Fake giggles over unfunny circumstances are the worst. The prize goes to 1-800-I-Got-Junk for radio commercials in which business or homeowners laugh hysterically when the junk crew tosses out a piece of rubbish. My hands can be wet or sticky but off goes the station at the first sign of this shrill irritation and sometimes I don’t return. In looking for a link to it, which I didn’t find you’ll be relieved to know, I noticed a similar reaction to it on a website “Commercials I Hate!


DJ Nana. Photo:

Speaking of laughter, I can envision the room of 30-something creative types cracking up as they developed and produced the E*Trade commercial to scare people into saving money so they have funds for their retirement. Sung to the tune of “Banana Boat Song” that Harry Belafonte made famous, it consists of 85 year olds still working and looking foolish as they drop packages they’re trying to deliver, are dragged around by a heavy fire hose, are compared to model-perfect lifeguards and “DJ Nana” spinning records while hideously dolled up. Subconsciously, it could be this ad that inspired my post earlier in the week, “Service of Aging Gracefully.” The commercial isn’t aimed at me but at 30-somethings whose Nana’s and grandpas are, I hope, spending their time making money under more appropriate, dignified circumstances.

And I love “Banana Boat Song.”

“Triathlete” Photo: NYU Langone

I also enjoy the catchy tune that NYU Langone, a well-regarded NYC hospital, uses in some of its TV commercials which make me smile. There’s a series of which “Winter” and “Athletes on their Feet” are only two. Kudos NYU Langone! [And please take good care of my friend who has not been well.]

I wish there were more State Farm “Hall of Claims” commercials as this series is clever. My first favorite is the Mer-Mutts scene where the family pooch turns on the water in the kitchen and floods the living room transformed into a swimming pool. The woof and his pals perform a water ballet while their human mom and pop look on horrified. Actor J.K. Simmons is terrific. Some other good ones are The Truck-Cicle; Frightning-bolt and Vengeful Vermin.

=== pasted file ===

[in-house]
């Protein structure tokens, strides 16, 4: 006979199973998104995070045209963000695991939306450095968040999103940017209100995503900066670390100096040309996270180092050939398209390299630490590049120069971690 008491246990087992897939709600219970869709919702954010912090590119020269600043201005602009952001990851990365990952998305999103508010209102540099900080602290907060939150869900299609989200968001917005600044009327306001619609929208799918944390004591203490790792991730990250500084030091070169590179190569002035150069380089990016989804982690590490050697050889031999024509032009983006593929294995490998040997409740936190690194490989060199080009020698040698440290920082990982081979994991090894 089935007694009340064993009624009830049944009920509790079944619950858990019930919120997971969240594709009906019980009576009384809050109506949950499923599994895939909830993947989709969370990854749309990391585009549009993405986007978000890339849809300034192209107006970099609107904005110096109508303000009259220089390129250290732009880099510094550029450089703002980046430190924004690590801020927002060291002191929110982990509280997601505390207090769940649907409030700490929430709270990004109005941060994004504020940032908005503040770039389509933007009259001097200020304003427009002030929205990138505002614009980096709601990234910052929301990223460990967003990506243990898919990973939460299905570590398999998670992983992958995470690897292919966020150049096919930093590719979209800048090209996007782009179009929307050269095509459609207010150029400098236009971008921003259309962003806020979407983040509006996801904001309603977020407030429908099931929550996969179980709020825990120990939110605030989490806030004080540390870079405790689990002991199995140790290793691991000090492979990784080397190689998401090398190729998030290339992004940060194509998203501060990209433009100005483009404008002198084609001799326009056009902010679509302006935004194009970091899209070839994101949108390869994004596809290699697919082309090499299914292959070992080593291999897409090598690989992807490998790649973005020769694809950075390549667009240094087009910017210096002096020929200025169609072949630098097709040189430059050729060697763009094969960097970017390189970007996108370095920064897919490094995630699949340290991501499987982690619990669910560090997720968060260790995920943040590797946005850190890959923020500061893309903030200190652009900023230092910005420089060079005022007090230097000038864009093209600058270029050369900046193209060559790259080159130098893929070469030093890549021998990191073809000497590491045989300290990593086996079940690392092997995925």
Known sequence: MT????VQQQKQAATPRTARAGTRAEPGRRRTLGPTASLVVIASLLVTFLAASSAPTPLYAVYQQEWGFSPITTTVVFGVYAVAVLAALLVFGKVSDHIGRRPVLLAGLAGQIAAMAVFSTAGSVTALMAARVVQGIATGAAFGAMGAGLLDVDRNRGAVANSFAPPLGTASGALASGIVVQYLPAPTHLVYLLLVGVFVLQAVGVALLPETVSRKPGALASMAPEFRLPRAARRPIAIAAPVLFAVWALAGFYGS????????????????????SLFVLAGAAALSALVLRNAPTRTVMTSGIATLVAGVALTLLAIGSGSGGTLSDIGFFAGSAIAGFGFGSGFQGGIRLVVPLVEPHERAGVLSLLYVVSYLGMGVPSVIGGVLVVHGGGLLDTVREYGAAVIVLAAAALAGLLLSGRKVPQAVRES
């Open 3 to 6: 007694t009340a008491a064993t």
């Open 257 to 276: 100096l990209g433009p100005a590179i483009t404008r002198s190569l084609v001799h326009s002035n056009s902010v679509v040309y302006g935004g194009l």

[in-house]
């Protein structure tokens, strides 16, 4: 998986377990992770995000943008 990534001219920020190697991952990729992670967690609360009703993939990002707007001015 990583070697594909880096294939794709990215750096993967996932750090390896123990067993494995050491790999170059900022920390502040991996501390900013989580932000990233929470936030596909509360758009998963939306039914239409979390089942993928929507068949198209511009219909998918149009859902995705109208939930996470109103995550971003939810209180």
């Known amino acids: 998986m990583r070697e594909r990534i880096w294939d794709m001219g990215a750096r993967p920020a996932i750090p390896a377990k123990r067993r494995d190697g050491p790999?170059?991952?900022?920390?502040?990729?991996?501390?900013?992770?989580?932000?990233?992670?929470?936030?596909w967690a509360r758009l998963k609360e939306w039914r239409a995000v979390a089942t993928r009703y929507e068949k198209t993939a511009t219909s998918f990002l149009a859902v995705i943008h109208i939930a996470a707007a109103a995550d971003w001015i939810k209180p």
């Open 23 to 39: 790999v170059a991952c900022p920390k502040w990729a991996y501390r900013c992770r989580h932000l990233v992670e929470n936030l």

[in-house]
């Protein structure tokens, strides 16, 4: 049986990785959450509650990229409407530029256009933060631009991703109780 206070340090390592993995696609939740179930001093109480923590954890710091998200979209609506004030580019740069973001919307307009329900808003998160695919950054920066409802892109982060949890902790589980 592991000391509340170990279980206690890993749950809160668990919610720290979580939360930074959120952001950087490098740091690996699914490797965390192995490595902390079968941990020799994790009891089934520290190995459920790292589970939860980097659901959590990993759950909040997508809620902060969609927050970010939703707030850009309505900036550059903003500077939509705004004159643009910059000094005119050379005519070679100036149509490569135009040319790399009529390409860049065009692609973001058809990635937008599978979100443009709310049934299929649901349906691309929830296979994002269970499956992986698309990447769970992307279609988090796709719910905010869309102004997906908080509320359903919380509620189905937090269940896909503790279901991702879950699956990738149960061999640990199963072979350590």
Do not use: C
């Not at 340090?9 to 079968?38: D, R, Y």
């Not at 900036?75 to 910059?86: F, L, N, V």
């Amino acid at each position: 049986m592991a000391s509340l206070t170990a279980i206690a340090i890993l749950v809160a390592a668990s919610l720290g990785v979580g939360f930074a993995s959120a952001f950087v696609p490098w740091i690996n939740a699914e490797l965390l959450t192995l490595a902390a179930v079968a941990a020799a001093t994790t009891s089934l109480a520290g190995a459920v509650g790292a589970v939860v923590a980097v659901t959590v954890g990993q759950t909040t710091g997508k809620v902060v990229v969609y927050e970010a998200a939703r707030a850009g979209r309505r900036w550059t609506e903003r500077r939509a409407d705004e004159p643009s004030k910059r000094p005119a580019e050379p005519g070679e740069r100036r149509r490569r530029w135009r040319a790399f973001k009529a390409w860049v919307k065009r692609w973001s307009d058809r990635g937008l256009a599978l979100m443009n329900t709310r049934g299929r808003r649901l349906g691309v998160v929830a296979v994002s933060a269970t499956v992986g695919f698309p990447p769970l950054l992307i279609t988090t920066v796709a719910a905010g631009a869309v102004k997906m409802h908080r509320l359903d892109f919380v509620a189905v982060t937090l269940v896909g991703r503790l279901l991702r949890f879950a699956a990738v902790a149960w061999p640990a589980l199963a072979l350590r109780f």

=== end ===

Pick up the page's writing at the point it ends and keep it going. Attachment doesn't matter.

My bet is that the ads that aggravate sell their products like crazy and the ones I like don’t—but I’m not in advertising so what do I know? Are there ads that motivate you to change channel or station in an instant and others you don’t mind hearing and even enjoy?

Vengeful Vermin Photo: Youtube

Service of Conflict of Interest III: Link Between Executive Stock Options & Product Recalls

Monday, September 28th, 2015



Gretchen Morgenson shared highlights of a University of Notre Dame seven year study, “Throwing Caution to the Wind: The Effect of C.E.O. Stock Option Pay on the Incidence of Product Safety Problems.” It focused on two industries that represented 85+ percent of recalls reported by the Food & Drug Administration [FDA]: Consumer staples like personal care, food and drink and health care products such as medical devices and meds. In addition, the companies had sales and assets of $10 million or more. It did not name companies associated with the 386 chief executives in the study.

FDAAccording to Morgenson, the authors concluded: “ ‘C.E.O. option pay was associated with both a higher likelihood of experiencing a recall as well as a higher number of recalls.’”

In her New York Times article, “Safety Suffers In Executive Pay Packages,” Morgenson observed that grousing about excessive executive pay packages is nothing new for stockholders. The significance of this study is that consumers are also losers with what Morgenson described as “This heads-I-win, tails-I-barely-lose arrangement [that] encourages executives to swing for the fences.” 

I first heard "heads I win, tails you lose" on The Honeymooners

I first heard “heads I win, tails you lose” on The Honeymooners

She explained: “Stock options have been the jet fuel propelling some of the biggest executive pay packages over the years. From an investor’s point of view, these instruments are problematic because they provide an executive with little downside if the company’s underlying shares fall but oodles of upside on the rise.”